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Still, CRA has never been widely implemented because many substance-abuse counselors think it's dumb (and potentially dangerous) to let people with drug and alcohol problems use at all. They cite the Kishline case. They point to Mel Gibson.
Dr. Meyers acknowledges that "the world would be a better place if no one used drugs or alcohol at all." But he thinks that the reason 21 million drug and alcohol abusers in America are not getting help is that our culture tells them that their only hope of getting better is giving up the thing they can't imagine living without. And giving it up every day for the rest of their natural lives. "If a guy goes from drinking a fifth of Jack Daniels a day to drinking a couple of beers a day," Dr. Meyers says, "and in that process he does better at work and his relationship with his wife and kids improves, I think that's success."

Three weeks later, back at the Center for Motivation and Change, Dr. Kosanke and I barely talk about my drinking. She has me fill out another form—a Happiness Scale—and we strategize how to make my life more joyful. She coaches me to talk back to the "You suck!" voice in my head and to ask my husband and mother-in-law for more help with childcare. (They both say yes.) She wonders if I could buy more prepared food for dinner and asks where it is written that 6-year-olds need to be bathed every night.

I still crave Chardonnay and am drinking about three glasses, three or four nights a week. I complain that my therapy isn't working.

"You still haven't found something you like to do more than drink," Dr. Kosanke says.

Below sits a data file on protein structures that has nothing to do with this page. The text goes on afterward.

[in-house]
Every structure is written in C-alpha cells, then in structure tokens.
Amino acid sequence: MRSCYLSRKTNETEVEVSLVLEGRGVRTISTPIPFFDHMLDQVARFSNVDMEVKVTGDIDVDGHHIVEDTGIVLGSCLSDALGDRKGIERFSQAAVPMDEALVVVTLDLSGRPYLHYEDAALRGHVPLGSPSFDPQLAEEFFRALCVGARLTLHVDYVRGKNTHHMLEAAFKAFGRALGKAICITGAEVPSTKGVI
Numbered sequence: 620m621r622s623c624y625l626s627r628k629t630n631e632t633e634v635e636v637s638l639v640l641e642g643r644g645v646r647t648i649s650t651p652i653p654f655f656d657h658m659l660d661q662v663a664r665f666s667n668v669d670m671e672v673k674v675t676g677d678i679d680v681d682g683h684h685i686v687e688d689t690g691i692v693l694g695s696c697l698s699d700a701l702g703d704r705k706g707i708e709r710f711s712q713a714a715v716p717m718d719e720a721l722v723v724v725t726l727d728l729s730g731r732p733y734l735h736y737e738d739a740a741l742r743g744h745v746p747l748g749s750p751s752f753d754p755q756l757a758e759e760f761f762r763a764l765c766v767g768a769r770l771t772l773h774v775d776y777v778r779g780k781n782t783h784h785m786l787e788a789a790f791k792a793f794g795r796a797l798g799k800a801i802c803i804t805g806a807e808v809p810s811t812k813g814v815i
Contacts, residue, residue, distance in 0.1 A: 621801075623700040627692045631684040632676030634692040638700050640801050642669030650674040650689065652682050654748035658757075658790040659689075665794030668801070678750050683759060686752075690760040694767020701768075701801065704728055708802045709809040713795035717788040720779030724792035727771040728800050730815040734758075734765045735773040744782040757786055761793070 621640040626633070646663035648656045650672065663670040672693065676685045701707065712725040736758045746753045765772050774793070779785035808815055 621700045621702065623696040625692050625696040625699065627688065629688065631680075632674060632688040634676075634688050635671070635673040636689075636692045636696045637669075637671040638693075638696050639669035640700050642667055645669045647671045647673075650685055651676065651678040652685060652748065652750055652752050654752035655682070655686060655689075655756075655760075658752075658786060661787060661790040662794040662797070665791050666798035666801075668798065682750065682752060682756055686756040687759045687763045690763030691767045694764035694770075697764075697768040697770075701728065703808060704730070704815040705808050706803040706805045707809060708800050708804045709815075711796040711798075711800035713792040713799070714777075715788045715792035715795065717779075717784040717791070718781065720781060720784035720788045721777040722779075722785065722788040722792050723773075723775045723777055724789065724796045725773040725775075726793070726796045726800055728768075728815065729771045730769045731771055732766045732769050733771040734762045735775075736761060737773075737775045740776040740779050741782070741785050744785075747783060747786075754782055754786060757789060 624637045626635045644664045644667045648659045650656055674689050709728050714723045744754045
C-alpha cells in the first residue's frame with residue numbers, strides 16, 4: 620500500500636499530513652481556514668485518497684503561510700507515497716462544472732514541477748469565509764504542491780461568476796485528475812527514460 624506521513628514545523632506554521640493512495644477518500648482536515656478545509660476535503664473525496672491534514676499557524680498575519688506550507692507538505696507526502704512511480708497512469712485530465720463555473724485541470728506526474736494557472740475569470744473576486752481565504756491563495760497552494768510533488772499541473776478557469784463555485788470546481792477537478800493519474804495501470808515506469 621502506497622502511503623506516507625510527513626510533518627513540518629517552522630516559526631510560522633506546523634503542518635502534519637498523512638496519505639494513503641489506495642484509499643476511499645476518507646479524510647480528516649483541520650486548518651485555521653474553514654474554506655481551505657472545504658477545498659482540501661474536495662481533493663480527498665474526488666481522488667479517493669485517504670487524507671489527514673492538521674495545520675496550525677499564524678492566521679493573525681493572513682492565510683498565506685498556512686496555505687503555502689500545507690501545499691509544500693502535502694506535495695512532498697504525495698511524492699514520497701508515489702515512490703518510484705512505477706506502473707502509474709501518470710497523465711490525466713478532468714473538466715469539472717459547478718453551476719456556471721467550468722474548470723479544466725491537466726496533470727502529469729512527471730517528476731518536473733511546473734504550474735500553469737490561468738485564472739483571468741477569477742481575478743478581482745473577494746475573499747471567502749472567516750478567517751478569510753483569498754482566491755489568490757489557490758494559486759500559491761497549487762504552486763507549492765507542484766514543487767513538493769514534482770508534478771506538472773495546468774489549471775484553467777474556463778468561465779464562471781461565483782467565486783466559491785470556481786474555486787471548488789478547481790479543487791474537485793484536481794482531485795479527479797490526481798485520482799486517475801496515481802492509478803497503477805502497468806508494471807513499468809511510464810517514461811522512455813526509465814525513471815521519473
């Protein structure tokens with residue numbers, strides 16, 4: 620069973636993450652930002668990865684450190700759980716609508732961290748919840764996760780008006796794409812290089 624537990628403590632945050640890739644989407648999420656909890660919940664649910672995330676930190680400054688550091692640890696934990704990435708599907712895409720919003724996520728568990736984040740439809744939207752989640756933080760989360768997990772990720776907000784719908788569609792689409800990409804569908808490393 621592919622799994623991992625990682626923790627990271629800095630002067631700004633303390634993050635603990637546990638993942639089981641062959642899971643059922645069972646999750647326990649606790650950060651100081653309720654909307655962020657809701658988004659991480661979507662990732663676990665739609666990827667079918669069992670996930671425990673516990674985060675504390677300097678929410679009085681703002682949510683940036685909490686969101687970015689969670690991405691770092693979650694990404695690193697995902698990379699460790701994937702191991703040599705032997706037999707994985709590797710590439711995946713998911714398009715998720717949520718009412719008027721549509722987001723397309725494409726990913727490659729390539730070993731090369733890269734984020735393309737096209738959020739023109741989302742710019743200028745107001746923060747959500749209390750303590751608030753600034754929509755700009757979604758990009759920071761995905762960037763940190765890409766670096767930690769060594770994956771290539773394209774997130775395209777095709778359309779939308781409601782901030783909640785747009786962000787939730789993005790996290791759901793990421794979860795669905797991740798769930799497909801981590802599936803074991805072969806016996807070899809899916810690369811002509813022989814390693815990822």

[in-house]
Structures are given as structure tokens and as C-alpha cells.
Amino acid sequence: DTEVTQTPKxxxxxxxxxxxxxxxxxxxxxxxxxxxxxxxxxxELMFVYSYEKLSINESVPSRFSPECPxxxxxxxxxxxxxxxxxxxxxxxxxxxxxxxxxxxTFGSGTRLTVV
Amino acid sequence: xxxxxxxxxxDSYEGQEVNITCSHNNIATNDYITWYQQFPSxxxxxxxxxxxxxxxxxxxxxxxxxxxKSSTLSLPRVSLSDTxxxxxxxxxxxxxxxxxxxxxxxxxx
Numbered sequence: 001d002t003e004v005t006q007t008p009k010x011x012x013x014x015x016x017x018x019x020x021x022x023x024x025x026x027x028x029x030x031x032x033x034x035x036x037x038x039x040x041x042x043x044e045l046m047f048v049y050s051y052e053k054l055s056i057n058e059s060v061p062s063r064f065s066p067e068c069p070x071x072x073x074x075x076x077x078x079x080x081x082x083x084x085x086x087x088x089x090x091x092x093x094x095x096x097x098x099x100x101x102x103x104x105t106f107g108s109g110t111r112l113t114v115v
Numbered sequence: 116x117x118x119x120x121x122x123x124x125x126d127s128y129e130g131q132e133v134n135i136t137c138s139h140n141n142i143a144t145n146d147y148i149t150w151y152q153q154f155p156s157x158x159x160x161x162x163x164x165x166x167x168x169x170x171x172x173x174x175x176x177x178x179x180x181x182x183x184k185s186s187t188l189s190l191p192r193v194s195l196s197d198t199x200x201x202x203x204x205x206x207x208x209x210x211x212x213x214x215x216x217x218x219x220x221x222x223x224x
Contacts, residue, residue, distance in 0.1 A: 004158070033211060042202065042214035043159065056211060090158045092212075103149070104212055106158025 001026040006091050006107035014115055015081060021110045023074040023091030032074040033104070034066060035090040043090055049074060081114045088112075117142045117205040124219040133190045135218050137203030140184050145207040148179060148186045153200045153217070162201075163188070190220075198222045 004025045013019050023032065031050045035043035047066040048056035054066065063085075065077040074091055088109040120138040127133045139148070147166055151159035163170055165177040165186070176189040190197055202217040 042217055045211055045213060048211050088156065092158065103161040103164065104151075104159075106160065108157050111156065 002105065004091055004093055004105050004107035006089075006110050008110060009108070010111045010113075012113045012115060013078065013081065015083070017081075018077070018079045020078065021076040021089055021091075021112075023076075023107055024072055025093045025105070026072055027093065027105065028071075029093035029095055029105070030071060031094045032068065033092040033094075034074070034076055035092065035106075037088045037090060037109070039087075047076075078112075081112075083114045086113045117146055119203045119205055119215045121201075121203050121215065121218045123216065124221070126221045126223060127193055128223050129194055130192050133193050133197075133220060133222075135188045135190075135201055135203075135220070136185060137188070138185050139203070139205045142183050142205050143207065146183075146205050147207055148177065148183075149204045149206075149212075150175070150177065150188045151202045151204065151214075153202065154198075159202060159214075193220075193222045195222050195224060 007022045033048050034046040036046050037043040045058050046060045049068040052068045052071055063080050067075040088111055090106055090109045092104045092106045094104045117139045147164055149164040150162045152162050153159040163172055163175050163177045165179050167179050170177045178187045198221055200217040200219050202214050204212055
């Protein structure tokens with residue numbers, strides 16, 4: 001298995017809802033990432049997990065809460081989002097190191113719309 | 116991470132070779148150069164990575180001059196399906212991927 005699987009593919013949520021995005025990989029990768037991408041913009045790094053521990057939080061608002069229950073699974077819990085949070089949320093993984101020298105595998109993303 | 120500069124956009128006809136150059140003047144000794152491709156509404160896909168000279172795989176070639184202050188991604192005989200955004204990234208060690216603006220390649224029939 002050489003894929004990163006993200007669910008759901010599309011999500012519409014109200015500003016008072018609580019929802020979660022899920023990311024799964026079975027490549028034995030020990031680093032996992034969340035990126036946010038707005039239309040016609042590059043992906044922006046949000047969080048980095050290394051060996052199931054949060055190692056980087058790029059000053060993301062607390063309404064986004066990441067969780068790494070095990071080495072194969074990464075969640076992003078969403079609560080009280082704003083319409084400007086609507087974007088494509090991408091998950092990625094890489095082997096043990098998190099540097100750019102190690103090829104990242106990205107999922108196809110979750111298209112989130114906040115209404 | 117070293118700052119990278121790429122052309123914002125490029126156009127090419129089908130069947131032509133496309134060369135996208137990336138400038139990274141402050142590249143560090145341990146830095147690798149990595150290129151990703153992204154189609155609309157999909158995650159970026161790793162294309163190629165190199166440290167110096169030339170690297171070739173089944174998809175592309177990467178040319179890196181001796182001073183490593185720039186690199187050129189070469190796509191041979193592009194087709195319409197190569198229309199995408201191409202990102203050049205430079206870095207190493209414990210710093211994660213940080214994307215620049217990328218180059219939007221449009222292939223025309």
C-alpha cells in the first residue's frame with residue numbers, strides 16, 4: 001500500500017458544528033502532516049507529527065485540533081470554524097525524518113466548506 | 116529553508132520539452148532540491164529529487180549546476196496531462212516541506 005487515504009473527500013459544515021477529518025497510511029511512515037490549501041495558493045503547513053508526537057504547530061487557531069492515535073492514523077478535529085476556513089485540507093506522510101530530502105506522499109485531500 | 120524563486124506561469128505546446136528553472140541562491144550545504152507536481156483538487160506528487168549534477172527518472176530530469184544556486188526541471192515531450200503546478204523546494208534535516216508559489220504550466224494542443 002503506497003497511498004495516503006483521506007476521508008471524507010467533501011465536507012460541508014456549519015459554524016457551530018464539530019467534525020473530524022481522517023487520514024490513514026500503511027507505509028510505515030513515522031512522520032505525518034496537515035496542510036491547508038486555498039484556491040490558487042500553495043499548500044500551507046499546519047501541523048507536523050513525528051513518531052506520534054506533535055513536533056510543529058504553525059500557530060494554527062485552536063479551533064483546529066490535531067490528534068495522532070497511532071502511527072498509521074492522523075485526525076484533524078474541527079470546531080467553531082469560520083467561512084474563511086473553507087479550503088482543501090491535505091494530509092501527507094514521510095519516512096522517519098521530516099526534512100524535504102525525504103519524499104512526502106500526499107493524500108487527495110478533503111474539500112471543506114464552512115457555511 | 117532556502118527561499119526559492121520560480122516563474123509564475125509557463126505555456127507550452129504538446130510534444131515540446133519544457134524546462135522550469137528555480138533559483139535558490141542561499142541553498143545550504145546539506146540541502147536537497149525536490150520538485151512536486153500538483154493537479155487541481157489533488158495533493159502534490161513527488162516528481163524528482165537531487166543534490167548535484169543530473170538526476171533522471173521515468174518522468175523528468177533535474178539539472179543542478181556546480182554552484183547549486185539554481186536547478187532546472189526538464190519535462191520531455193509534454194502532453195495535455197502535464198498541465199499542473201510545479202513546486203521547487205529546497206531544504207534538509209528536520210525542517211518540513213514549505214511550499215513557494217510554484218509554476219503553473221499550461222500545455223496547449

"I have meaningful work and relationships. You think I need a hobby, too?"

"Yes," she says.

This is not a novel idea in addiction treatment. In fact, many studies have found that lab rats ignore food and water in order to gulp drug-laced solutions.

"I like watching TV," I tell Dr. Kosanke.

"Too passive," she says.

Over the next several weeks, I try furniture refinishing (a puke-green-paint disaster), Shakespeare and American musical theater (too expensive), opera (didn't get it), meditation (dullsville for me but surprisingly useful for my daughter), and sex (my husband began to appear frightened whenever I looked at him).

"I'm not a hobby person," I wail.

"You go to ballet," Dr. Kosanke says.

"So I don't get fat," I say.

"You make dinner," she says.

"Because I have to," I say.

Turns out a lot of people endure lives that are cages of sorts—they have grueling, mind-numbing work; they spend time with selfish relatives; they are lonesome. Me, I put myself in a cage by thinking task instead of pleasure.

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